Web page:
7.10. Factors that Affect the Rate of Enzyme Reactions
Enzymes function optimally at a particular temperatures. As temperature increases, kinetic energy increases and collision increase and more molecules now have sufficient energy to overcome the activation energy. The enzyme reaction rate increases with an increase in temperature but as the temperature rises above optimum temperature, the denaturation of enzyme starts. Once it is denatured, the enzyme’s three dimensional structure is lost. The enzyme’s shape changes, therefore the three dimensional shape of its active site changes as it cannot bind to the substrate anymore and the enzyme cannot function furthermore. Therefore, at higher temperatures the enzyme’s reaction rate decreases.
The optimal temperature for an enzyme is the temperature at which the enzyme “works best” and the rate of chemical reaction is highest. The “optimal temperature” for most of the enzymes in the body is 98.6 degrees F (also known as ~37 degrees C).
The increase in rate with temperature can be quantified as the Q10, which is the relative increase for a 10°C rise in temperature. Q10 is usually around two for enzyme-catalysed reactions (i.e. the rate doubles every 10°C) and usually less than two for non-enzyme reactions.
7.10.2. Effect of pH
Enzymes function optimally at a certain pH. They are extremely sensitive to changes in acidity and works within quite narrow pH range. Changes in pH can make new bonds with substrate and break the existing bond within the enzyme. This leads to change the shape of the enzyme. If the pH is too low (too acidic) or too high (too basic), the enzyme becomes denatured. Enzymes is made up of amino acid. The charge on protein depends upon pH. Change in pH change the charge on enzyme which affects its binding with substrate and also changes the existing three dimensional structure of enzyme. The chemical bonds within the enzyme are rearranged. As the enzyme’s shape changes, the three dimensional shape of its active site changes and the active site cannot bind to the substrate anymore. Thus, the enzyme cannot function anymore. The “optimal pH” for most of the enzymes in the body is ~pH7.4. However there are exceptions, such as the digestive enzymes of human stomach function at pH of 3-4.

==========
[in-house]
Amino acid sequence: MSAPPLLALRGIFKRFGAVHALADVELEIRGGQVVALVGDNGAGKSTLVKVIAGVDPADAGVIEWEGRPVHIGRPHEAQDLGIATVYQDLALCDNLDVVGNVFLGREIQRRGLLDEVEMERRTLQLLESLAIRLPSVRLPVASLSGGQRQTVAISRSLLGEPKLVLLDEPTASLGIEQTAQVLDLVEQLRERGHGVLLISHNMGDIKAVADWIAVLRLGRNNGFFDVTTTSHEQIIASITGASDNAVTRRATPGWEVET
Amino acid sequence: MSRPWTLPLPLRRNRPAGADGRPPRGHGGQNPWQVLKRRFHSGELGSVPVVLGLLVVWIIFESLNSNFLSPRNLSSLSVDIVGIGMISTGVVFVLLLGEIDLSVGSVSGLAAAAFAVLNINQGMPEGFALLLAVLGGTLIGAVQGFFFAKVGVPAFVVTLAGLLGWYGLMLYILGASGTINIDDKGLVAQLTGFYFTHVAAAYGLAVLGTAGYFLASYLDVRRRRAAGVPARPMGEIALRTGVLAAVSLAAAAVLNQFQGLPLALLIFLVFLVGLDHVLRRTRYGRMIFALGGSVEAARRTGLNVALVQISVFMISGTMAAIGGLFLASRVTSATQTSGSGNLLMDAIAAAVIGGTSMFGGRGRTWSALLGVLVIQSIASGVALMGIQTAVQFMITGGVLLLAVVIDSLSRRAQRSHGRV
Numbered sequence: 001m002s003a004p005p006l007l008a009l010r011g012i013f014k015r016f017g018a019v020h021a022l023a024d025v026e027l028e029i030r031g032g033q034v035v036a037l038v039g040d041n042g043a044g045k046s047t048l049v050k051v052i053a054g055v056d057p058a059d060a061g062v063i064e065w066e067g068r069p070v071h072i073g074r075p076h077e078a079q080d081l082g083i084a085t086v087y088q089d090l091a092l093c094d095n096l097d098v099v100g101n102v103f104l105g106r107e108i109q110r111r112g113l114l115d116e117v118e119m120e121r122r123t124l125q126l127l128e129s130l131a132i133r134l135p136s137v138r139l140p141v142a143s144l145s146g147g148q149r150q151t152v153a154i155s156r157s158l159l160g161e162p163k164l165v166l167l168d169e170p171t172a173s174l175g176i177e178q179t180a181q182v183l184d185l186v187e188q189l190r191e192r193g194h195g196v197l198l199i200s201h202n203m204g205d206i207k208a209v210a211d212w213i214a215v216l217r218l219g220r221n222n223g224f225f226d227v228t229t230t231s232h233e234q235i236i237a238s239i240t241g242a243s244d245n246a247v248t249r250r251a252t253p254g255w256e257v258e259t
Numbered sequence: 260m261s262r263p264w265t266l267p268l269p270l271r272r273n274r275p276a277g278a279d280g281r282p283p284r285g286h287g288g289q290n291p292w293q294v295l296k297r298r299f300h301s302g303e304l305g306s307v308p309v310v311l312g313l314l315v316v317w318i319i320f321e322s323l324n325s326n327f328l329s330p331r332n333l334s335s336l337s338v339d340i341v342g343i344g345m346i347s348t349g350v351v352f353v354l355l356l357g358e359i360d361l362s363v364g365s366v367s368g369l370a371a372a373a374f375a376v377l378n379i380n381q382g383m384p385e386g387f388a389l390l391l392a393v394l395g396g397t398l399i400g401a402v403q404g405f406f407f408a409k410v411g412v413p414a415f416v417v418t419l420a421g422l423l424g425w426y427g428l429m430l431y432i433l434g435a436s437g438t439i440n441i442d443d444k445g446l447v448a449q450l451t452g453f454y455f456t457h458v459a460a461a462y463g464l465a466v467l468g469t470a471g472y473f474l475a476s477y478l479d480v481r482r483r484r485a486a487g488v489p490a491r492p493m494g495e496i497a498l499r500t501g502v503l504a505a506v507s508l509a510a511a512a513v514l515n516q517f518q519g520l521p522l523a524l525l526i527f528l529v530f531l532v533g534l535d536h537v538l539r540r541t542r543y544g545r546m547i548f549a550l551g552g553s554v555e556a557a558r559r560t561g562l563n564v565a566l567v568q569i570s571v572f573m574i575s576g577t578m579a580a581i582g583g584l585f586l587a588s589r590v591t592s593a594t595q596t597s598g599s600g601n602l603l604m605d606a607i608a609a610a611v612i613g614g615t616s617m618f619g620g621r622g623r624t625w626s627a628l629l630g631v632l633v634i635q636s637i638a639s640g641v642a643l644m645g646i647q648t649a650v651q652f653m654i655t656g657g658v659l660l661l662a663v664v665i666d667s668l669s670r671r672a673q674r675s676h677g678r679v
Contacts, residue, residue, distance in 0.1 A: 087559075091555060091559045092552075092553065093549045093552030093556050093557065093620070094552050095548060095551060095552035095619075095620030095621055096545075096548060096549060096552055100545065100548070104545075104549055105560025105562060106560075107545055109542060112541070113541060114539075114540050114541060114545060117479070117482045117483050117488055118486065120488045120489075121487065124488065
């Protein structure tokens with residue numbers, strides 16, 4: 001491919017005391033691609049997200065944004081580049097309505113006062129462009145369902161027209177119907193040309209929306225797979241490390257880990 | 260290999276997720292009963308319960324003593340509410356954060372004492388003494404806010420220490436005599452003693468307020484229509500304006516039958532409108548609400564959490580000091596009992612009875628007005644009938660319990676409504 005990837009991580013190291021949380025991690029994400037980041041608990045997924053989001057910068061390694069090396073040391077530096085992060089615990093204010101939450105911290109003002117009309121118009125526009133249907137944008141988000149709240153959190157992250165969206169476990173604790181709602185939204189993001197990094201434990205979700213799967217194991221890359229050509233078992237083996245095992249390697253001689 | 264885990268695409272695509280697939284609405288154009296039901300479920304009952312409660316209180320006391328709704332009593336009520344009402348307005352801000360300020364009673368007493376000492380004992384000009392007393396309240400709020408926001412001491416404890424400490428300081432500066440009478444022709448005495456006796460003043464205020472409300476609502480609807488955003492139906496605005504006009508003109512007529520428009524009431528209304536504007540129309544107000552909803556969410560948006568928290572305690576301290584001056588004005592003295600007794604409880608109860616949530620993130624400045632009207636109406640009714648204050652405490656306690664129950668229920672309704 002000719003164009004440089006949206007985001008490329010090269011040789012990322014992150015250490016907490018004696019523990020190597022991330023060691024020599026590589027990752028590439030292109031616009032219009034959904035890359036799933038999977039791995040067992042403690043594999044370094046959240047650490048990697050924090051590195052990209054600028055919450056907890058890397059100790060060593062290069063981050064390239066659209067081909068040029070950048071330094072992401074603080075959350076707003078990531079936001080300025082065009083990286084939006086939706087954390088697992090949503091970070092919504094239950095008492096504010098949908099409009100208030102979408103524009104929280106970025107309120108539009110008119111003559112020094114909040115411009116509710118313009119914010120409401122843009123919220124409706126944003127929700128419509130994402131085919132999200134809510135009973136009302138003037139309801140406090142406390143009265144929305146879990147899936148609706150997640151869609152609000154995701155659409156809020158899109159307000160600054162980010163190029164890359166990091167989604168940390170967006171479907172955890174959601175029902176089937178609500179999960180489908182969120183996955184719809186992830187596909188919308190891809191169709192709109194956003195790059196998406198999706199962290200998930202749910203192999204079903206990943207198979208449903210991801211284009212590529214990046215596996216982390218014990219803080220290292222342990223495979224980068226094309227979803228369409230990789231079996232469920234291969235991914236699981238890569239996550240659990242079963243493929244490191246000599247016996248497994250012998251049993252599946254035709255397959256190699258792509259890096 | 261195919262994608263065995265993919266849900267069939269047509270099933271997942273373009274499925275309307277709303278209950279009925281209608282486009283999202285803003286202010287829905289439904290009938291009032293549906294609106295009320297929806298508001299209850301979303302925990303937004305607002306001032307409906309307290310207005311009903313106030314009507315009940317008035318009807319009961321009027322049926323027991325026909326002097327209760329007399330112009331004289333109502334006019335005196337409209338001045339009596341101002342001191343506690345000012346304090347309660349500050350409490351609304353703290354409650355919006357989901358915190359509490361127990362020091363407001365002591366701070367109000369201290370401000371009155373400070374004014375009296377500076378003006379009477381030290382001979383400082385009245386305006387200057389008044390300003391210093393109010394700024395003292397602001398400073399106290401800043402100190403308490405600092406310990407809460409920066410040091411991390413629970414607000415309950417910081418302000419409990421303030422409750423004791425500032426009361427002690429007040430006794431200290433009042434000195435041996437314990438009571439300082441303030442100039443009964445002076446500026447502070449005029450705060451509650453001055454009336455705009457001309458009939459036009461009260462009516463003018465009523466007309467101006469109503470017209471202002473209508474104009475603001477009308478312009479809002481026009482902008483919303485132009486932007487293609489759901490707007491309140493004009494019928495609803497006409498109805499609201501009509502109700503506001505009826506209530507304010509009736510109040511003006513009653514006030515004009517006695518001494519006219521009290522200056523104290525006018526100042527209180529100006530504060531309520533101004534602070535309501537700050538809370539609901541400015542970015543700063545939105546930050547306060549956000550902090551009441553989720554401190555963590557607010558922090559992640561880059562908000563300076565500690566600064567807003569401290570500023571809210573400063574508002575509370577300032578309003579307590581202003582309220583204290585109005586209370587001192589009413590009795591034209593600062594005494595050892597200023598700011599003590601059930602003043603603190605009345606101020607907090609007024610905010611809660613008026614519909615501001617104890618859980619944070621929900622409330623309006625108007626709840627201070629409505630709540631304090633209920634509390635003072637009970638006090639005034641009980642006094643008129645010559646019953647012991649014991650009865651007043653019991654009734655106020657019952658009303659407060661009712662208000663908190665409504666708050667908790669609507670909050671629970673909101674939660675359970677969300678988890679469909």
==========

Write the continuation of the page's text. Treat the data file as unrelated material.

7.10.3. Effect of enzyme concentration
When substrate [S] is not limiting then under these conditions an increase in enzyme [E] has a direct effect on the rate of reaction. A plot of rate of reaction [v] versus [E] results a straight line.
7.10.4. Substrate concentration :
The rate of reaction is also depended upon substrate concentration. However it depends upon the total number of active site present on enzyme. At a particular enzyme concentration increase in the substrate concentration increase the rate of reaction in the begining but once all the active site of a given enzymes is saturated by substrate there is no further increase in the rate of reaction. The maximum rate of reaction is known as Vmax. i.e. the rate of reaction is saturated as there is no change in the rate of reaction on further increase in substrate concentration. The Vmax is directly proportional to the total enzyme concentration (E).